from airflow.contrib.operators.emr_add_steps_operator import EmrAddStepsOperator
from airflow.contrib.operators.emr_create_job_flow_operator import EmrCreateJobFlowOperator
from airflow.contrib.sensors.emr_step_sensor import EmrStepSensor
from airflow.hooks.S3_hook import S3Hook
from airflow.models import Variable
from airflow.utils.dates import days_ago
# ************** AIRFLOW VARIABLES **************
bootstrap_bucket = Variable.get('bootstrap_bucket')
emr_ec2_key_pair = Variable.get('emr_ec2_key_pair')
job_flow_role = Variable.get('job_flow_role')
logs_bucket = Variable.get('logs_bucket')
release_label = Variable.get('release_label')
service_role = Variable.get('service_role')
work_bucket = Variable.get('work_bucket')
# ***********************************************
DAG_ID = os.path.basename(__file__).replace('.py', '')
DEFAULT_ARGS = {
'owner': 'airflow',
'depends_on_past': False,
'email': ["{{ dag_run.conf['airflow_email'] }}"],
'email_on_failure': ["{{ dag_run.conf['email_on_failure'] }}"],
'email_on_retry': ["{{ dag_run.conf['email_on_retry'] }}"],
}
def get_object(key, bucket_name):
"""
Load S3 object as JSON
"""
hook = S3Hook()
content_object = hook.get_key(key=key, bucket_name=bucket_name)
file_content = content_object.get()['Body'].read().decode('utf-8')
return json.loads(file_content)
with DAG(
dag_id=DAG_ID,
description='Run multiple Spark jobs with Amazon EMR',
default_args=DEFAULT_ARGS,
dagrun_timeout=timedelta(hours=2),
start_date=days_ago(1),
schedule_interval=None,
tags=['emr', 'spark', 'pyspark']
) as dag:
cluster_creator = EmrCreateJobFlowOperator(
task_id='create_job_flow',
job_flow_overrides=get_object('job_flow_overrides/job_flow_overrides.json', work_bucket)
)
step_adder = EmrAddStepsOperator(
task_id='add_steps',
job_flow_id="{{ task_instance.xcom_pull(task_ids='create_job_flow', key='return_value') }}",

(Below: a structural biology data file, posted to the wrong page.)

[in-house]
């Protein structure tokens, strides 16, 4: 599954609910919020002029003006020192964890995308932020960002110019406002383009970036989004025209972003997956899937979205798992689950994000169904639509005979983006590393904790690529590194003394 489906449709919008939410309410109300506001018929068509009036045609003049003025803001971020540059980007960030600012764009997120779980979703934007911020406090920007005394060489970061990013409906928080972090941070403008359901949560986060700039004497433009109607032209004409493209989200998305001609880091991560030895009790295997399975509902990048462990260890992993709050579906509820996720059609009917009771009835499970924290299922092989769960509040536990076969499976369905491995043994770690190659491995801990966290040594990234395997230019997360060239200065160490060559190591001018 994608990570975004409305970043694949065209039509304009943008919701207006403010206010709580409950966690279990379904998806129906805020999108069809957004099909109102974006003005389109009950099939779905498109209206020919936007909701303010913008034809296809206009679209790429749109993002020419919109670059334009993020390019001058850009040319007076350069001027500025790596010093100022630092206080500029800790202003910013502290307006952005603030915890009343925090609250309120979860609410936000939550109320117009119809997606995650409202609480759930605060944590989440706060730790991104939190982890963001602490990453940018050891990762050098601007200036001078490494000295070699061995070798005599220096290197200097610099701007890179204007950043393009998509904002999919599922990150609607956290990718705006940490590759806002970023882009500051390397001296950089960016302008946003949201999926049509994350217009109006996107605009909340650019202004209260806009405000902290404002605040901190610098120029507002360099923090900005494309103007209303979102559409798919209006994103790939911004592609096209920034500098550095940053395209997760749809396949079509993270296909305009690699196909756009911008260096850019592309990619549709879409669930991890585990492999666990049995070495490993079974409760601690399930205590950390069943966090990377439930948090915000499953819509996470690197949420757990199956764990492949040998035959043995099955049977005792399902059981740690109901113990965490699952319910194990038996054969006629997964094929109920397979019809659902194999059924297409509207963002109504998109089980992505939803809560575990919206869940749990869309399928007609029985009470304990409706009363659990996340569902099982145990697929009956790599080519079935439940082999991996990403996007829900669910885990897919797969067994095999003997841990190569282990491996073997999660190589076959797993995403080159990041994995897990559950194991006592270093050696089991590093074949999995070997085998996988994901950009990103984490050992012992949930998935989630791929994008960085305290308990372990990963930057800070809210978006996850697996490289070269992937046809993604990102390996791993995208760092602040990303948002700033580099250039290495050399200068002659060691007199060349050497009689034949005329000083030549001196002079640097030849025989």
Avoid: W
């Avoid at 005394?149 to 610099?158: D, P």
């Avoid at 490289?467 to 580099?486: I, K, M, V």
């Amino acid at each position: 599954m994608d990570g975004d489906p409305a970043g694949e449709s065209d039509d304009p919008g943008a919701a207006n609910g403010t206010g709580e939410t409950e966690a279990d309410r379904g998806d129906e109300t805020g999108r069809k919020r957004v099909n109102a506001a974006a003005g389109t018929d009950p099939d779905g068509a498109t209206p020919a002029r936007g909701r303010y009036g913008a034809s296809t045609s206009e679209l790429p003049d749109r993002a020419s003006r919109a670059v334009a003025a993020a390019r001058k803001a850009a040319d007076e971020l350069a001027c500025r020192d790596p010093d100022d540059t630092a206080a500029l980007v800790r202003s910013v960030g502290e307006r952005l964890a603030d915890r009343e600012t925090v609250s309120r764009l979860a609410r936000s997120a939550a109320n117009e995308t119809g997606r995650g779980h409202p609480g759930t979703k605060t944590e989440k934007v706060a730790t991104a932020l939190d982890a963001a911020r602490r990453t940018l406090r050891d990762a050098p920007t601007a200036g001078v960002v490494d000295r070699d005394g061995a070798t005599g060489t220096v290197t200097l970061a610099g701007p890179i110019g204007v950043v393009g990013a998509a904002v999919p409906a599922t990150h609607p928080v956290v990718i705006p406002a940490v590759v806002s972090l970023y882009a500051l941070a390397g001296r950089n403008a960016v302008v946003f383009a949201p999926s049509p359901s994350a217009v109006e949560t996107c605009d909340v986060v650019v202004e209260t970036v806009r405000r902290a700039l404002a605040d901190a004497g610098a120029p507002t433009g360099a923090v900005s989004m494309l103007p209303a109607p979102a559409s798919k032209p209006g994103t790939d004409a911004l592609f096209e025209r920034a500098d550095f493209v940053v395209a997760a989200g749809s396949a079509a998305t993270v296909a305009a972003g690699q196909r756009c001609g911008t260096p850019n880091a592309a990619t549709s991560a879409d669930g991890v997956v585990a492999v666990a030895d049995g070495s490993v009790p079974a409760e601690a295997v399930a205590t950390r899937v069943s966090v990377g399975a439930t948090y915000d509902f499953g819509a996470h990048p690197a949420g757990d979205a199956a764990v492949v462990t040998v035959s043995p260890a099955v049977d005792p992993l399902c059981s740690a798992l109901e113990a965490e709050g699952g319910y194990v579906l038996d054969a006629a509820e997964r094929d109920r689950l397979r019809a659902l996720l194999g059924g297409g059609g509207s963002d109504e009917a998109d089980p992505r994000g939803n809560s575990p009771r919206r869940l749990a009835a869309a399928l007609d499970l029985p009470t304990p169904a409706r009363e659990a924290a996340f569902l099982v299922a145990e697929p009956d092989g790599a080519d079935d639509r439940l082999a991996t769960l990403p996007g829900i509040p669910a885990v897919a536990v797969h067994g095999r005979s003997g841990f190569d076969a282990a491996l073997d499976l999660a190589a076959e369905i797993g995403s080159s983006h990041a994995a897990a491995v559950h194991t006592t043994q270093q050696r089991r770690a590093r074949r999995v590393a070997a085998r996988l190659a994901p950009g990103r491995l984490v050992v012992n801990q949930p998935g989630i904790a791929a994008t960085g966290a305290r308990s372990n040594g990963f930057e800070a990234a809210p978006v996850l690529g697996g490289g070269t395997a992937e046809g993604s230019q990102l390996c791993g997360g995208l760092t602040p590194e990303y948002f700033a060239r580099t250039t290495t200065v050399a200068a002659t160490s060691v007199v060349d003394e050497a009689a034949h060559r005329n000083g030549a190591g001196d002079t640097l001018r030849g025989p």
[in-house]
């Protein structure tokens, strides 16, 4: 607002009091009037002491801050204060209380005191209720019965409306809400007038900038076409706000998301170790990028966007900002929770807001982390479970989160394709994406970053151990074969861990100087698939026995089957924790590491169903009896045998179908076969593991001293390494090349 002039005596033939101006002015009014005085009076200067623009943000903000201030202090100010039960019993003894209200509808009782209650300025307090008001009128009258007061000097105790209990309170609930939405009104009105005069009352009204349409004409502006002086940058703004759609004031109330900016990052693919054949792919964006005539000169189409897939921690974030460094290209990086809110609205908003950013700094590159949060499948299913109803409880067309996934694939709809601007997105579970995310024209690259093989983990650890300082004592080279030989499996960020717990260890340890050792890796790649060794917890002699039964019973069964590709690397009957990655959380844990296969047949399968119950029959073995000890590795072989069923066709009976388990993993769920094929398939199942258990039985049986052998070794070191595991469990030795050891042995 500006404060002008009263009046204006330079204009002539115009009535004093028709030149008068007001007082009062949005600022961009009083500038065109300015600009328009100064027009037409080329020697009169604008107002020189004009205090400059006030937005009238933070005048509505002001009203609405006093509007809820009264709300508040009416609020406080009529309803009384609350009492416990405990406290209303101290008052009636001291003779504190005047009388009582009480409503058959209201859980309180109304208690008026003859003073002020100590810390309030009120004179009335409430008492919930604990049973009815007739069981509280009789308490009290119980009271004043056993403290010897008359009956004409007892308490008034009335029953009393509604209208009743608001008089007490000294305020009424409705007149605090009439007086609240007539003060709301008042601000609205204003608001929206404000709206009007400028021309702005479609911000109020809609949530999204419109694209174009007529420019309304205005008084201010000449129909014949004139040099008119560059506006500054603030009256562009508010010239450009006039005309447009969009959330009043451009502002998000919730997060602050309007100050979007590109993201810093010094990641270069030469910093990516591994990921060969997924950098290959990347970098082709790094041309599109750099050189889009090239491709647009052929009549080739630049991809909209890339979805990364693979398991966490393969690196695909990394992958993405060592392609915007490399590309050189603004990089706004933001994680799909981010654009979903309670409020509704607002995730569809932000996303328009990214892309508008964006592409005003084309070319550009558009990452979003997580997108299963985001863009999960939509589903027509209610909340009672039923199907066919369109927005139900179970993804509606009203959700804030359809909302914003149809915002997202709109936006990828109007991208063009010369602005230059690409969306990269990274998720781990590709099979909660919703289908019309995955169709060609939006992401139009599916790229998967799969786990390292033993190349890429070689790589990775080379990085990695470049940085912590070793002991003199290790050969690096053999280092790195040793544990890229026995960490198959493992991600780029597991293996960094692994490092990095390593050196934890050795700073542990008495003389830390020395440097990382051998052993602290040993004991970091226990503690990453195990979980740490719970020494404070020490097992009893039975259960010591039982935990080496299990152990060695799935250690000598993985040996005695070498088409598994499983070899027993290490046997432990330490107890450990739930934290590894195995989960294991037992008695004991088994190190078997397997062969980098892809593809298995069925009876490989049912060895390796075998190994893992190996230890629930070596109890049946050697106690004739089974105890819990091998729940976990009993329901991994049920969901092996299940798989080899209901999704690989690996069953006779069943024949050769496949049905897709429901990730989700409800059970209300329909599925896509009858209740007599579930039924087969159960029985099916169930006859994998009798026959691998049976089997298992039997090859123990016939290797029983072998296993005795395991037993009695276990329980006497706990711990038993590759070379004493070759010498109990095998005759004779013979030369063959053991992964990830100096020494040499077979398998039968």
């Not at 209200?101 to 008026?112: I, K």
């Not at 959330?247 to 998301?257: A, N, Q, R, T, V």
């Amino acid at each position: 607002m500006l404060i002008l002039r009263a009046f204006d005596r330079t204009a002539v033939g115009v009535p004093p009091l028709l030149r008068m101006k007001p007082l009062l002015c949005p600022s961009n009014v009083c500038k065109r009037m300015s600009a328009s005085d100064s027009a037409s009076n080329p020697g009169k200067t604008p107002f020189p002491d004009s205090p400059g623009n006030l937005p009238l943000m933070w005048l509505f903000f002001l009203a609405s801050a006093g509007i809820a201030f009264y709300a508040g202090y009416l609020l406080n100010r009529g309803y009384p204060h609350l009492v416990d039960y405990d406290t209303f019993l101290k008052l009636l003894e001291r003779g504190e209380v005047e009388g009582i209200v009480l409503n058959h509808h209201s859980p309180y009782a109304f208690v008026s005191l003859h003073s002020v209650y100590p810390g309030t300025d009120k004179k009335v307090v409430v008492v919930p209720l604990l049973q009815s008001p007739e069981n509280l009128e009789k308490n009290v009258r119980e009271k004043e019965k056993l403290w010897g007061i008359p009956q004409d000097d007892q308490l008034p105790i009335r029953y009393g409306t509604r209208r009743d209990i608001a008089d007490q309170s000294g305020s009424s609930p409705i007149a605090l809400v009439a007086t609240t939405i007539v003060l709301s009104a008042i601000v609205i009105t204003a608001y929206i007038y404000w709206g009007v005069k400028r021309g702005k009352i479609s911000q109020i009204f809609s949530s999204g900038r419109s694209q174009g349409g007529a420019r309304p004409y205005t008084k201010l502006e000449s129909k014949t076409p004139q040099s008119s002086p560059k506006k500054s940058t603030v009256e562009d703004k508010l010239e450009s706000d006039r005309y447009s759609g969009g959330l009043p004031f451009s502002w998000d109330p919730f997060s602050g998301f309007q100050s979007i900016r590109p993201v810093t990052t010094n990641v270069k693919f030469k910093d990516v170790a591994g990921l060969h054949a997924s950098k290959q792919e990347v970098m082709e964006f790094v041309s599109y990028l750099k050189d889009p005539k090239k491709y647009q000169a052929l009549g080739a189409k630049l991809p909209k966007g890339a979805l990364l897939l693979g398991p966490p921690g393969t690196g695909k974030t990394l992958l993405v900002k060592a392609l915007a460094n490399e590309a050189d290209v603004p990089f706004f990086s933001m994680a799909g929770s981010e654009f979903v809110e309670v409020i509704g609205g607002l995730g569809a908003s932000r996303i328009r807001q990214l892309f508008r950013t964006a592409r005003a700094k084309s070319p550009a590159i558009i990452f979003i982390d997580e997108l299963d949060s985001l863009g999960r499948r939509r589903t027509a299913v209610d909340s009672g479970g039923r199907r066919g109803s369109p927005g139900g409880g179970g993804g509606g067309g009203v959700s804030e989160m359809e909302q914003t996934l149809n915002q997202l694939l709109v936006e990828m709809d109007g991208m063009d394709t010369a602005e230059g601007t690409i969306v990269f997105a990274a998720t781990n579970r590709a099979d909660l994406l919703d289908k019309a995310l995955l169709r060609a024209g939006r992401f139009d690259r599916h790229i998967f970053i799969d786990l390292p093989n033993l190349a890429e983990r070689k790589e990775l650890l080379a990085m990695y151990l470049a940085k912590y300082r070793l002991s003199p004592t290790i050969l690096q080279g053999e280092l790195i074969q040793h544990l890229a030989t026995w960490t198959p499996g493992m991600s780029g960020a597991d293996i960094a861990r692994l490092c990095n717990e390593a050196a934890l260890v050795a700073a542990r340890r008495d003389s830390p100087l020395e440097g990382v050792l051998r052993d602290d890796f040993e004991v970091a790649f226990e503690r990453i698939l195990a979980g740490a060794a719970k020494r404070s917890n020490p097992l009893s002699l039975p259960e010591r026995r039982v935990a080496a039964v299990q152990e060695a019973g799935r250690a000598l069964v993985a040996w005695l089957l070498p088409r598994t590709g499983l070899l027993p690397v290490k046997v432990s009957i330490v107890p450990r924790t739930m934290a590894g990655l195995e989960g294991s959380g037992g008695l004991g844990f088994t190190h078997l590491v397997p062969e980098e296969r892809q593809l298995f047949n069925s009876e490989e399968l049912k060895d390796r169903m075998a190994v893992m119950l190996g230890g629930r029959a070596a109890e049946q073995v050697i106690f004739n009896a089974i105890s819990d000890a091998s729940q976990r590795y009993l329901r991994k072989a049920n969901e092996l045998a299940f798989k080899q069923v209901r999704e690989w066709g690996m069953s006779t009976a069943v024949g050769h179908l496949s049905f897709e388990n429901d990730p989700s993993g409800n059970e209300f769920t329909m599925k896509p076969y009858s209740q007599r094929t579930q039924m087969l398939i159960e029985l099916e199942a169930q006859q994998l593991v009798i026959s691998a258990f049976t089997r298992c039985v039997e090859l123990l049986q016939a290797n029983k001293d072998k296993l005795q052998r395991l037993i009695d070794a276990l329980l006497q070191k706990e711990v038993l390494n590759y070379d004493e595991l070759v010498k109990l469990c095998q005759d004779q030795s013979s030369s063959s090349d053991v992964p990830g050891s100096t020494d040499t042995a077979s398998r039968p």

aws_conn_id='aws_default',
steps=get_object('emr_steps/emr_steps.json', work_bucket)
)
step_checker = EmrStepSensor(
task_id='watch_step',
job_flow_id="{{ task_instance.xcom_pull('create_job_flow', key='return_value') }}",
step_id="{{ task_instance.xcom_pull(task_ids='add_steps', key='return_value')[0] }}",
aws_conn_id='aws_default'
)
cluster_creator >> step_adder >> step_checker
view raw multiple_steps.py hosted with ❤ by GitHub

This time, we need to upload three files to S3, the DAG to the Airflow S3 bucket, and the two JSON files to the EMR Work S3 bucket. Change the bucket names to match your environment, then run the three AWS CLI commands shown below.

aws s3 cp emr_steps/emr_steps.json \
    s3://emr-demo-work-123412341234-us-east-1/emr_steps/
aws s3 cp job_flow_overrides/job_flow_overrides.json \
    s3://emr-demo-work-123412341234-us-east-1/job_flow_overrides/
aws s3 cp dags/multiple_steps.py \
s3://airflow-123412341234-us-east-1/dags/

The second DAG, multiple_steps, should automatically appear in the Airflow UI. Click on ‘Trigger DAG’ to create a new EMR cluster and start the Spark job. The three required input parameters in the ‘Trigger DAG’ interface are identical to the previous bakery_sales DAG. A sample of that JSON blob can be found in the project at airflow_variables/dag_run.conf_bakery.json.

Apache Airflow UI’s DAGs tab

Below we see that the EMR cluster has completed the four Spark jobs (EMR Steps) and has auto-terminated. Note that all four jobs were started at the exact same time. If you recall from the previous post, this is possible because we preset the ‘Concurrency’ level to 5.

Amazon EMR Console’s Steps tab showing four Steps running in parallel

Triggering DAGs Programmatically

AWS CLI

Similar to the previous example, below we can trigger the multiple_steps DAG programmatically using Airflow’s trigger_dag CLI command. Note the addition of the —-conf named argument, which passes the configuration, containing three key/value pairs, to the trigger command as a JSON blob.

ENVIRONMENT_NAME=$(aws mwaa list-environments | jq -r '.Environments | .[]')
DAG_NAME="multiple_steps"
CONFIG="""'{
\"airflow_email\": \"analytics_team@example.com\",
\"email_on_failure\": true,
\"email_on_retry\": false
}'"""
CLI_JSON=$(aws mwaa create-cli-token –name ${ENVIRONMENT_NAME}) \